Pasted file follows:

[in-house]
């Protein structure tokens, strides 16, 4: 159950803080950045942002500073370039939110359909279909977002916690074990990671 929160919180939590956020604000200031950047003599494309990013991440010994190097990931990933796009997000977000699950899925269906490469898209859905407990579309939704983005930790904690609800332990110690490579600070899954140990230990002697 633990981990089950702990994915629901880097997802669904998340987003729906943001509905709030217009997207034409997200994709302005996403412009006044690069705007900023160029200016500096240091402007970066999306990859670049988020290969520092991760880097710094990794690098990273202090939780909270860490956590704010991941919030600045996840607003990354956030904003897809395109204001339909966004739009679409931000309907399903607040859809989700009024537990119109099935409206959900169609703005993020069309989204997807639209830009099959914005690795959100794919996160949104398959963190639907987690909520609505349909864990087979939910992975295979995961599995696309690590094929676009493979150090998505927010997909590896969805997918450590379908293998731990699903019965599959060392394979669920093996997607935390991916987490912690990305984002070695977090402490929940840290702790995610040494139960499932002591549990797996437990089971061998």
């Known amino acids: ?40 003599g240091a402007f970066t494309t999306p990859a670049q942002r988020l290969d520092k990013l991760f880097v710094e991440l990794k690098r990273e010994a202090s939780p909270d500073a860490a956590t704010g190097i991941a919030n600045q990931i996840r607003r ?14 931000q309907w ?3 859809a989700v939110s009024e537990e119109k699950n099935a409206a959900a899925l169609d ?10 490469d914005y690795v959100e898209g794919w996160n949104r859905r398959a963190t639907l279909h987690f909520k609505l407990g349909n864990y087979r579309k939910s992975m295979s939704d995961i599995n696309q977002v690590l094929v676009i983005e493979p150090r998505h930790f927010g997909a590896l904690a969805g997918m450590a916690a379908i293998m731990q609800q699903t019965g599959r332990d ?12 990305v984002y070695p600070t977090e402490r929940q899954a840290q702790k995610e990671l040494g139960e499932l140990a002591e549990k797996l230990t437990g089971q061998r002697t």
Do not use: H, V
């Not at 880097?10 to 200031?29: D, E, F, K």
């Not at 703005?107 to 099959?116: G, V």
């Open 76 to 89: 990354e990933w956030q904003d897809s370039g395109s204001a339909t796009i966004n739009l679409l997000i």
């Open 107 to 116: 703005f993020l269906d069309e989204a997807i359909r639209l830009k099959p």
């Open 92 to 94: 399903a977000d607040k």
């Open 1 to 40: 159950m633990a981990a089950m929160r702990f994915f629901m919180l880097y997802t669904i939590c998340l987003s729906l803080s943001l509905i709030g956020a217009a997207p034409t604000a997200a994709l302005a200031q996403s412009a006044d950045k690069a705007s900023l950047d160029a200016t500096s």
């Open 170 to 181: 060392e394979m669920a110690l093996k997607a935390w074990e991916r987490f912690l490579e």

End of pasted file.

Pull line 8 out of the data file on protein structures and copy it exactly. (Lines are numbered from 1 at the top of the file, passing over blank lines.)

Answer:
């Open 107 to 116: 703005f993020l269906d069309e989204a997807i359909r639209l830009k099959p």